The CSDS Standards would require corporations to submit future plans based on complex and costly analysis to reach a Net Zero goal.  The goal is clearly impossible with existing technology in the required time frame.  This would force corporations to make forecast of unknowable future technological breakthroughs. Even assuming continued technological progress, there isn’t a sufficient material supply chain for the technologies proposed. The CSDS Standards use climate scenarios which are deemed implausible, and transition scenarios that are unrealistic to address a climate risk represented by the implausible, but once claimed as ‘business-as-usual’ RCP 8.5 scenario.[8]

Please read our analysis of “Getting to Net Zero”[9] prepared by our director Ian Cameron, P. Eng. – evaluating the wildly exaggerated modelling of the Canada Energy Regulator’s transition plan versus the bluntly realistic assessment by the left-leaning Canadian Centre for Policy Alternatives (CPA). CCPA shows that the only path to Net Zero targets for Canada is extreme degrowth, deindustrialization, and the impoverishment of 40 million people.  A video explainer of Ian’s analysis is also available.[10]

Regarding the material supply chain for Net Zero, Prof. Simon Michaux has ‘done the math’ and demonstrates that such a supply chain does not exist. Robert Lyman, retired energy economist, has prepared a short overview report of Michaux’s work.[11]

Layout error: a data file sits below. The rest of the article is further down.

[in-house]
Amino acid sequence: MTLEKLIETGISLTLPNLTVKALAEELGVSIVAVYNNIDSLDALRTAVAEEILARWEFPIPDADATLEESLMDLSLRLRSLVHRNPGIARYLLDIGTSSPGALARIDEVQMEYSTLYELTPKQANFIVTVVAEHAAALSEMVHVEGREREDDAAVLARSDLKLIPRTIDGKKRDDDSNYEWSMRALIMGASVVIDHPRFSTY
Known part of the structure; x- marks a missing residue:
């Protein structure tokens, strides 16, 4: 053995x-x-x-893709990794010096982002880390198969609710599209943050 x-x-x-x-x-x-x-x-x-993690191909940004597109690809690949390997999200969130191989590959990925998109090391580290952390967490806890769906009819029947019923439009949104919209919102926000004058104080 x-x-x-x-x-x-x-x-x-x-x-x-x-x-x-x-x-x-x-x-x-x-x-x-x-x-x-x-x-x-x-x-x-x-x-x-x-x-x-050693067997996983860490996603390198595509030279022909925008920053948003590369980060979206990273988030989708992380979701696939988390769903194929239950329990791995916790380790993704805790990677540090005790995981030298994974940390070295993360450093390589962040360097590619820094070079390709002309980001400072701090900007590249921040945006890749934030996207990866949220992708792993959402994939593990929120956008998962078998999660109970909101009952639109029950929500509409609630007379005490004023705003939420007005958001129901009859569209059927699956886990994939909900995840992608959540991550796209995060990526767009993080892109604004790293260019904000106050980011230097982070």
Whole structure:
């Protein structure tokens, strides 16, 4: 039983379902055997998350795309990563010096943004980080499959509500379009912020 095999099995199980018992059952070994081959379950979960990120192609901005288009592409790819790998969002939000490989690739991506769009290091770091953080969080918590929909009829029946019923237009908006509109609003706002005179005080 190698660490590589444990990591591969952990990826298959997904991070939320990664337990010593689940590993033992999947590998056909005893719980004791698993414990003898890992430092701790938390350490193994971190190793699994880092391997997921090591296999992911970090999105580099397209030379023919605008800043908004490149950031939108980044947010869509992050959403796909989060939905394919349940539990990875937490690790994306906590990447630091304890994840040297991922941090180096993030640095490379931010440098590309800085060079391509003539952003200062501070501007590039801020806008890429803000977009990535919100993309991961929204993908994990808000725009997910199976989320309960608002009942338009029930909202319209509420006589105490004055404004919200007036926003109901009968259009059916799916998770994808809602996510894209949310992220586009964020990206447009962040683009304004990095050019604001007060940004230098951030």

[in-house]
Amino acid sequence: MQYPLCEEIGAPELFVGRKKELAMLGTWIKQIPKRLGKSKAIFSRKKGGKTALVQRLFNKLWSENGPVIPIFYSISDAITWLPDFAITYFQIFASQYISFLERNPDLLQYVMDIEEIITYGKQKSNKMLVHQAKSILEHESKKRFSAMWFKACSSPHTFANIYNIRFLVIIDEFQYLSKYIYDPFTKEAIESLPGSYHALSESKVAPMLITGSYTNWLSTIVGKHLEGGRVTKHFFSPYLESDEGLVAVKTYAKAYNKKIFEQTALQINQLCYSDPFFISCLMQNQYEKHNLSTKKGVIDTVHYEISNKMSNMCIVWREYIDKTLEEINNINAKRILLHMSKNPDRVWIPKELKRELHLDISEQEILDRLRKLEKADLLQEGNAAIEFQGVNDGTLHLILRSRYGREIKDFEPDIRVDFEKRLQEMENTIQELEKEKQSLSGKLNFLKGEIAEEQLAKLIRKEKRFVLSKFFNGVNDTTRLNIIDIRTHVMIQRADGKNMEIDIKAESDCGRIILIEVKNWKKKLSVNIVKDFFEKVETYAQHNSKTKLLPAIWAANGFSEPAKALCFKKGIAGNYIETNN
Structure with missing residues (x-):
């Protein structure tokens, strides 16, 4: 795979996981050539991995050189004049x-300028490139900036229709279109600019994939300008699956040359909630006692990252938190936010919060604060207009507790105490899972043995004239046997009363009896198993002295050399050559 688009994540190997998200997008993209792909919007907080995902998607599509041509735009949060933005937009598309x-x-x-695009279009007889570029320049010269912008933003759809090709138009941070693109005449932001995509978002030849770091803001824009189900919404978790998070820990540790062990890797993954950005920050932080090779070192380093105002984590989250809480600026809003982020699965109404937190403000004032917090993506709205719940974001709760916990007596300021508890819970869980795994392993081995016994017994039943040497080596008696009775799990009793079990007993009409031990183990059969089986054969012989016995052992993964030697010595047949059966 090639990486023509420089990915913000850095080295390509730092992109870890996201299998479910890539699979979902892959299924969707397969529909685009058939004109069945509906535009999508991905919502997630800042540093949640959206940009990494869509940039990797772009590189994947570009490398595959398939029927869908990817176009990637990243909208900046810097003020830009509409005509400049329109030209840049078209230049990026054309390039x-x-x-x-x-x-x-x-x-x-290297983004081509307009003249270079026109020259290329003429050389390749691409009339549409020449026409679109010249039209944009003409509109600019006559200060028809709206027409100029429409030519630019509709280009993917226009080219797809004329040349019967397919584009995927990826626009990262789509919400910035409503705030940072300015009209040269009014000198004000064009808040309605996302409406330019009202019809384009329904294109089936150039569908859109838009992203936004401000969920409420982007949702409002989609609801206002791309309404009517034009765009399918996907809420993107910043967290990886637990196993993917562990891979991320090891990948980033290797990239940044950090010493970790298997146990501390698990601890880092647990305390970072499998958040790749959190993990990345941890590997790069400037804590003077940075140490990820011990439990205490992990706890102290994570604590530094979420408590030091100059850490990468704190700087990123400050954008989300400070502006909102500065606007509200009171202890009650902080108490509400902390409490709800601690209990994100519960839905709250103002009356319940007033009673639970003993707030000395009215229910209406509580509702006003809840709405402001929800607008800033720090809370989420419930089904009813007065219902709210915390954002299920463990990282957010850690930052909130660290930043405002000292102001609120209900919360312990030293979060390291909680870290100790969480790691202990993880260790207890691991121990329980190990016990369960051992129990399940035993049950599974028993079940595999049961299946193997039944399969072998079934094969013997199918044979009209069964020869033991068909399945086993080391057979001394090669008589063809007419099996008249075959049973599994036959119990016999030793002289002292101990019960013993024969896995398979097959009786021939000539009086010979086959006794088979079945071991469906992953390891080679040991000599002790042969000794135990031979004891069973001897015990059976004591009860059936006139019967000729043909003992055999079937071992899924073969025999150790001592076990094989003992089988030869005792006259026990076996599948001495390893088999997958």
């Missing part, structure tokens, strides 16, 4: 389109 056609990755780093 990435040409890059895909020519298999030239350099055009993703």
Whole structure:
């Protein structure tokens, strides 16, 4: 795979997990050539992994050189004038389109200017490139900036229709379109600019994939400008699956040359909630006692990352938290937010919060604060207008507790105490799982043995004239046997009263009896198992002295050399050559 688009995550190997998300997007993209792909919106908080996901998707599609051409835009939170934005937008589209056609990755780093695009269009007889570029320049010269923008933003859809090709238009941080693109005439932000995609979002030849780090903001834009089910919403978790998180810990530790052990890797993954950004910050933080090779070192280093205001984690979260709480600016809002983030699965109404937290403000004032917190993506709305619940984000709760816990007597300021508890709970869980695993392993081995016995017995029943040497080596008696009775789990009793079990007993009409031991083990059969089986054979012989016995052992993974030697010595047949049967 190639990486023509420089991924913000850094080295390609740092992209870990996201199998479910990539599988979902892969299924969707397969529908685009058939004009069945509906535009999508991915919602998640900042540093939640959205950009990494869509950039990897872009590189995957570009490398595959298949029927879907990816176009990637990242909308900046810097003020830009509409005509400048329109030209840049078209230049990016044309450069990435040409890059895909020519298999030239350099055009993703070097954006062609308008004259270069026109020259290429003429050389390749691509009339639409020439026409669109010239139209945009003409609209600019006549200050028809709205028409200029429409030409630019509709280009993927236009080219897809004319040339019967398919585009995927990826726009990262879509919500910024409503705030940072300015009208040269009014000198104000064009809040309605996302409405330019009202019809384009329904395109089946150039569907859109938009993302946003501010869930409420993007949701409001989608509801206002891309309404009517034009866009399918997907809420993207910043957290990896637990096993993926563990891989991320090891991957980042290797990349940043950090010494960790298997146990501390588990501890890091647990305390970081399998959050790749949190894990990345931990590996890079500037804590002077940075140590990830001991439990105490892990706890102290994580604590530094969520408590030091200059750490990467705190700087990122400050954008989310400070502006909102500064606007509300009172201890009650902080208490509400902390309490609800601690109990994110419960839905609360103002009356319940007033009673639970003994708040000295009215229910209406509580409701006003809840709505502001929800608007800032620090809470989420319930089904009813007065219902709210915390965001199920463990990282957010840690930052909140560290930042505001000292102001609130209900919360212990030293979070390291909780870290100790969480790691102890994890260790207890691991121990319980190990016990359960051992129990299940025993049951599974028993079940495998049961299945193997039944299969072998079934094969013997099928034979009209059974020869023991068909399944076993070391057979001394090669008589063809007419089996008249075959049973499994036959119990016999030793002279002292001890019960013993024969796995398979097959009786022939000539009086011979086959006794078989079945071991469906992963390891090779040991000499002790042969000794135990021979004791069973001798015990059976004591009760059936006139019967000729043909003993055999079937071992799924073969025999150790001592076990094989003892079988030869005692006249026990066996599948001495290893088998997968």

Excerpt of Simon Michaux’s calculation of materials needed and supply chain delivery time to meet Net Zero, based on extrapolation from 2019 figures.

To Get Wind Power you Need Oil (and Gas and Coal)

The proposed CSDS regulations give an unfair advantage to wind operations and disadvantage oil/gas operations, but in fact, to ‘get wind, you need oil’ as energy expert Prof. Emeritus Vaclav Smil has noted.[12]  Indeed it is curious that major market players like Bloomberg New Energy Futures do not seem to be aware of this, as they write in their most recent 2024 Energy Outlook Report:[13]

A net-zero pathway hinges on renewables capacity tripling between now and the end of the decade.

Tripling renewables would lead to a quadrupling or more of oil, natural gas, and coal consumption for the mining, production, transportation, installation, maintenance and back-up of such facilities.  Mining presently represents 10% of world energy consumption.[14]  However, the present confluence of the CSB proposed reporting standards, the Bill S-243 climate-aligned finance, the changes to the Competition Act and the Charlie Angus NDP sponsored Bill C-372,[15] to prevent fossil fuel companies or advocates from publicly announcing the merits or benefits of the use of conventional fuels means that the necessary source of energy and product stream to make renewables will be demarketed, debanked or hit with massive interest rates – thus driving off investment in the very substances required for the Utopian ‘clean’ energy future.